One of the truest things I’ve heard thus far about raising children is that the days are long but the years are short. Cliche, perhaps- but true. Days are sooo long-pump, feed, play, pump, schoolwork, dishes, pump, laundry, cook, pump, play, REPEAT. But these last six months have been a blur. We brought her home from the hospital yesterday, she rolled over last night, and now she’s half a year old? What?! It’s flown and I miss her littleness already. I realize that sometimes I get caught up in the rest of the world that I don’t always see my daughter. I don’t see that she just wants to be part of the action. That she deeply desires to be looked at, touched, and felt. Sure, I read her books, dance and sing with her, and fulfill her basic needs but as with other people I think sometimes we don’t take time to SEE our loved ones. Whether it is our neighbor, sister, mother, husband, or children we go through our daily lives with this idea that they’ll always be a part of it. As I am all too quickly learning, that’s a false reality. Even if everyone is physically there, they change. Sara today is so much different than she will be another six months from now. And while she may not remember these moments to tell her therapist in twenty years, I will. And as I firmly believe about just about every aspect of childrearing, it’s all about exposure. I want to expose her to books not because she can read but so she learns to love them. I want to give her a million different foods not because she’ll love them all but so that she can develop tastes for different things and learn to try them willingly and with excitement. I want to sing with her not because I’m Celine Dion but because I want her to feel joy and thrill in good music. I want to look at her, to see her, every single day so she knows she’s here purposefully. I want her to know that she is seen and valued and loved and not taken for granted. I want her to know these things so that she can look at others, to see them for who they are. I want her to know that she is seen and acknowledged so that she grows up to be a strong woman who isn’t afraid to look around the world and decipher what she should be looking at and what she can leave behind her.

I know, this sounds a little heavy for six months, but it starts somewhere, doesn’t it? Children need foundations of love and respect and to give them that they need to feel included in your life, not exist on the periphery. I have observed thoughtfully many types of parenting. There’s the center-of-the-world child who is materialistically spoiled and coddled with parents afraid to say no in fear of a future therapy session. There’s child who is an afterthought- a glorified pet that needs fed, told “no!”, and their bills paid. And, most commonly, some shade in between. I firmly believe that children your children are a part of your life, but everything you do shouldn’t revolve solely around them. They should learn to be a part of a family not the dictator of it. They should be taught value without power. They should feel like an integral part of your life, not an afterthought. My daughter should know I see her. Not that I see her on the floor rolling around like a crazy baby (seriously, it’s realllllly cute and she’s going to give me a run for my money one day soon!), but that I see her – whoever she is, whatever she chooses to be, I see my child. I recognize a piece of me inside of her and I feel her role in our family.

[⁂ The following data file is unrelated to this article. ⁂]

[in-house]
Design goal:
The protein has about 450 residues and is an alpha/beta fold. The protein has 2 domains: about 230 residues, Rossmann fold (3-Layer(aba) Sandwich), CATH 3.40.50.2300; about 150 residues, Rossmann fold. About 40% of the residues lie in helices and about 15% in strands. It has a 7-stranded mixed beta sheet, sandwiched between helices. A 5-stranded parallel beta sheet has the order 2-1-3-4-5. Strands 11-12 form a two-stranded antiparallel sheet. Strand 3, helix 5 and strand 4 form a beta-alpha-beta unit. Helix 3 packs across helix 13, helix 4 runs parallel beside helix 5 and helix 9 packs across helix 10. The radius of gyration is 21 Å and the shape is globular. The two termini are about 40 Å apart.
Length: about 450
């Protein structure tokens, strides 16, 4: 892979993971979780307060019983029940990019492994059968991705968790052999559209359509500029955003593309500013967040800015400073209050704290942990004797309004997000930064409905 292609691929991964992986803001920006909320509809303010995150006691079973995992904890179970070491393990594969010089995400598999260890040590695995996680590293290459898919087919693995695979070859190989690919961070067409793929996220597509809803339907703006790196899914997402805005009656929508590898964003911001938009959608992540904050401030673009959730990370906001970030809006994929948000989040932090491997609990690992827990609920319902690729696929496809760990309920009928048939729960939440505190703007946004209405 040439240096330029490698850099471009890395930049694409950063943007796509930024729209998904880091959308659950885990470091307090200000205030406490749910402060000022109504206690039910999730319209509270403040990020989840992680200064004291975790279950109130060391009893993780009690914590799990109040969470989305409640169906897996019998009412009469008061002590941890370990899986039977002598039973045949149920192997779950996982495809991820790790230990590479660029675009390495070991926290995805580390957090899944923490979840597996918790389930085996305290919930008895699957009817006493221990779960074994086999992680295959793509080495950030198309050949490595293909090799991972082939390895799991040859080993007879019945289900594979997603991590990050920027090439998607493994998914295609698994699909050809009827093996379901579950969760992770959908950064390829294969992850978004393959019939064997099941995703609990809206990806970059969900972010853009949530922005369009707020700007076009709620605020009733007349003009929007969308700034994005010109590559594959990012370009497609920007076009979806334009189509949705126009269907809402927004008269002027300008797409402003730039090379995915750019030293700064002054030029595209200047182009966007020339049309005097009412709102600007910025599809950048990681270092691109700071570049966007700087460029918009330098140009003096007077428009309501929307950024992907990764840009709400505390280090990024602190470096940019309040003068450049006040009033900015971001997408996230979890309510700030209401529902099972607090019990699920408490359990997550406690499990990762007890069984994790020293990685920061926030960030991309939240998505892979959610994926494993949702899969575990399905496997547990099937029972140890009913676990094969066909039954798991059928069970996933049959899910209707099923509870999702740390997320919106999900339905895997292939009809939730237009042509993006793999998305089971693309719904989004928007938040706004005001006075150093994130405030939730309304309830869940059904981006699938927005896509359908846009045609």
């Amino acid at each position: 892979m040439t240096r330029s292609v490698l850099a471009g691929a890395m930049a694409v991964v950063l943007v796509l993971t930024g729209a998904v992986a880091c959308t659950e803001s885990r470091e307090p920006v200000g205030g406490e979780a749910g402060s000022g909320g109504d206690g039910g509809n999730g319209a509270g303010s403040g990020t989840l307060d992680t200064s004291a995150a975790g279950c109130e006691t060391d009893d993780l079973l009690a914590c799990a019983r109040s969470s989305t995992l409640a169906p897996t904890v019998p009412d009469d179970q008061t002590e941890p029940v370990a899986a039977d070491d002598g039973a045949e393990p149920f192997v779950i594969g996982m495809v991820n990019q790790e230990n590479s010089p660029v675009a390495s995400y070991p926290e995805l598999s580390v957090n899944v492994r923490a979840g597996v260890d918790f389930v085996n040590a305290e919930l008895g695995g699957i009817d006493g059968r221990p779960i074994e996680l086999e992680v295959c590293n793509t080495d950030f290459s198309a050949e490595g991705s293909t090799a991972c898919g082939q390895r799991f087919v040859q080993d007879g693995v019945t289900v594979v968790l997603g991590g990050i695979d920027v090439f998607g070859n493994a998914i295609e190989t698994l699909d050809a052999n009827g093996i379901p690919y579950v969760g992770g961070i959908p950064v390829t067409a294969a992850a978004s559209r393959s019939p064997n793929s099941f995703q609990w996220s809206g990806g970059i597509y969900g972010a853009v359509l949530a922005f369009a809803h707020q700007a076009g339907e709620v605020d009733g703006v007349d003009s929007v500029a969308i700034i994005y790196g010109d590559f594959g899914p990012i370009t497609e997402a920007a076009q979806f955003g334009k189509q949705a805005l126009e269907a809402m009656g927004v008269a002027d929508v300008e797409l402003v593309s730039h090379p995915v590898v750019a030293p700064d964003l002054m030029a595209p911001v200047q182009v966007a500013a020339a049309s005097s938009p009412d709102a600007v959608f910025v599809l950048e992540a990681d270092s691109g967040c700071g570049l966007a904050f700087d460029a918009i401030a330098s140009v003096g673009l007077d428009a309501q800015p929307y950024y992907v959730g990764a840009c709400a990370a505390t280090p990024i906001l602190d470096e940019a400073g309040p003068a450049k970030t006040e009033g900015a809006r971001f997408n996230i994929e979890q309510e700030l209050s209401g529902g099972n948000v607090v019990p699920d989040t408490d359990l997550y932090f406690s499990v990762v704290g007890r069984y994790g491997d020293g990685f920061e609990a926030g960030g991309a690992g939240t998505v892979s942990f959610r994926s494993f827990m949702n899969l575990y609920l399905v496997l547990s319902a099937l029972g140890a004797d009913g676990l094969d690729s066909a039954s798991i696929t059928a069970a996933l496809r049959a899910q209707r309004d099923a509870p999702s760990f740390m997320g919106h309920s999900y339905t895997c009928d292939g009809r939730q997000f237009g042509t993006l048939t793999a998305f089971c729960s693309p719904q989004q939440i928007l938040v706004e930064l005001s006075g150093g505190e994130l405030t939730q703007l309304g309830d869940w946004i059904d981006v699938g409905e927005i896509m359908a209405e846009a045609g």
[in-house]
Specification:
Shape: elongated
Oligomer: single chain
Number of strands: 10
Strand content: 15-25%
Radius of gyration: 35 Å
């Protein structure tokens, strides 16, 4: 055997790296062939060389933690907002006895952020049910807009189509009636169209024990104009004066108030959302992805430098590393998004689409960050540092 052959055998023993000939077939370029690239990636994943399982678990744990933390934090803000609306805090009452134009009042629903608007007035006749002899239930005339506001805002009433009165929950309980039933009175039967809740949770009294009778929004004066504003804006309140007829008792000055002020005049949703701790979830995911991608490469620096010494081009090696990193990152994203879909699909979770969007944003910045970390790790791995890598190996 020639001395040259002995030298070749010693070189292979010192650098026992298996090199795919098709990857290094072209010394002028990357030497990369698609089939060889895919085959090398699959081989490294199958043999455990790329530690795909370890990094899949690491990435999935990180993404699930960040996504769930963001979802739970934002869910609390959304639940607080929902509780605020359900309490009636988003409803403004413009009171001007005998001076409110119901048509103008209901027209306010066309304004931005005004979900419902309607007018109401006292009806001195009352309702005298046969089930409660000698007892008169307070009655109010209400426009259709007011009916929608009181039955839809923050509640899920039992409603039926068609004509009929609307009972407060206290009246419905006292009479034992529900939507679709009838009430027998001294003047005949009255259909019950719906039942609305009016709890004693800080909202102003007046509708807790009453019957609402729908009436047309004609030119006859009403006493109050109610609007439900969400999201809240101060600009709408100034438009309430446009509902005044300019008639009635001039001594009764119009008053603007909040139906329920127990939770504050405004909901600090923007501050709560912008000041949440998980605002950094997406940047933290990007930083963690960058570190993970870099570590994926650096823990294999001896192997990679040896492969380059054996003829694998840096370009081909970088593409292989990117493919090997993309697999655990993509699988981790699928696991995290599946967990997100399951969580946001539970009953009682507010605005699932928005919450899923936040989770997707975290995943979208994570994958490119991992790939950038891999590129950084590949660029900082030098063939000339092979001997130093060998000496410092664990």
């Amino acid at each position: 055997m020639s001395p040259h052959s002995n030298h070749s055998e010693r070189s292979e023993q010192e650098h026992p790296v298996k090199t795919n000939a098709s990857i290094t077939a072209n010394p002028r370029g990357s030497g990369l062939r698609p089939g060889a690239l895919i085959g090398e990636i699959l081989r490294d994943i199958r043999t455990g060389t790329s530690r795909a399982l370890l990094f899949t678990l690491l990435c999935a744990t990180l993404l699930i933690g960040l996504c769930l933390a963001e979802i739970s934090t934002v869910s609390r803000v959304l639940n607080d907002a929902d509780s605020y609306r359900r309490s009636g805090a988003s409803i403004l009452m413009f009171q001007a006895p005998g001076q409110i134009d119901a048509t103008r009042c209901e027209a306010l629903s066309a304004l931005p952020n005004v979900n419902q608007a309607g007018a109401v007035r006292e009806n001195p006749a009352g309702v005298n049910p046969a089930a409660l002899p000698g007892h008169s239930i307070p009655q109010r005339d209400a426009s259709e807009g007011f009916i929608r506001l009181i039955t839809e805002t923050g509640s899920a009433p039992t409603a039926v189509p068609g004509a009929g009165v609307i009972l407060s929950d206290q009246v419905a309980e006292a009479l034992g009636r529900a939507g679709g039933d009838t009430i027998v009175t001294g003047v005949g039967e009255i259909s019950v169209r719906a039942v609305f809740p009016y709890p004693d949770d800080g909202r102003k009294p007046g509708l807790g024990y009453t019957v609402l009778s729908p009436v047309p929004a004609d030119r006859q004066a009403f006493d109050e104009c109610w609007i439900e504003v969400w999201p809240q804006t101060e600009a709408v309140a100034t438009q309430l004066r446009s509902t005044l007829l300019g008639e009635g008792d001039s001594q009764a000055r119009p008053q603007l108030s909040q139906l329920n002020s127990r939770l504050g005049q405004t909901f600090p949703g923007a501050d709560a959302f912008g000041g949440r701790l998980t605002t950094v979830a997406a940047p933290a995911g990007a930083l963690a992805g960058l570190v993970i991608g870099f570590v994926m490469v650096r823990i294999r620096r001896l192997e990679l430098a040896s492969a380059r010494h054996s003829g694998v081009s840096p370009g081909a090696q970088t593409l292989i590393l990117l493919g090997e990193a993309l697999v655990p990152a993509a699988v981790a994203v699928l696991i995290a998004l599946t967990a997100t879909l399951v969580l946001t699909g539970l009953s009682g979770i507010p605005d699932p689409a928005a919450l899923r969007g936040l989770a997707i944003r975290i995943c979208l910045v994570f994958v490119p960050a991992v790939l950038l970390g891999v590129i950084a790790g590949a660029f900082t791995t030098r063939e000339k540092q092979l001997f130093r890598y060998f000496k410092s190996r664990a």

It’s about a connection. Not a moment of connection you get once every few months or years that makes you feel a little fuzzy inside, but a real connection that is then nurtured and maintained. At six months old she requires precious little- food, diapers, sleep. Playtime, tummy time, sit ups, airplane baby are arguable necessities as well. But outside of the physical demands she is growing this beautiful mind and soul that it is my job to foster, to love, to guide, to feed. I want her to build a thoughtful mind, always considering who another person is before judgement. I want her to build a depth to her soul that is boundless and vast. I want her to feel her life and her place in ours. I want her to find her role in this world, creating one if she needs to. She’ll have to learn strength and grace and a million other things that will be built on a sense of self. To do that she has to know she is seen. At six months old, this one of the few acts she asks of me. “Mommy, See Me”, I do, baby girl.

UAE Passes Law Requiring Breastfeeding

http://www.dailymail.co.uk/news/article-2549580/New-mothers-breastfeed-babies-two-years-new-Emirates-laws-husbands-able-SUE-dont.html

Okay, where do I start? Gisele would be proud. I’m all for breastfeeding, or at least pumping. But, forcing it legally for TWO years? Seems a bit extreme, right? There are so many new mom issues (though breastfeeding moms are less likely to suffer from postpartum depression and offers mommies great benefits as well as baby), I can speak to. As a mommy who desperately wanted to nurse directly and has had to settle for pumping (this article doesn’t distinguish so I’m not sure if they have an issue with that- some do some don’t), I find it startling that they will demand to have a wet nurse come in and feed your baby for you (if you have a medical excuse as to why you can’t breastfeed) than just allow formula. I’m not sure how I feel about that. I’m torn between the option in general- Yes, I would absolutely want my daughter to have all of the benefits of breast milk but would I feel comfortable with a strange woman nursing her? I understand that in the evolution of human history this is not uncommon, and perhaps it is the era we find ourselves in now that places the stigma on it and the pressure on bonding directly skin-to-skin with your OWN baby. But I’m not sure I’d feel great about that, let along being forced into it.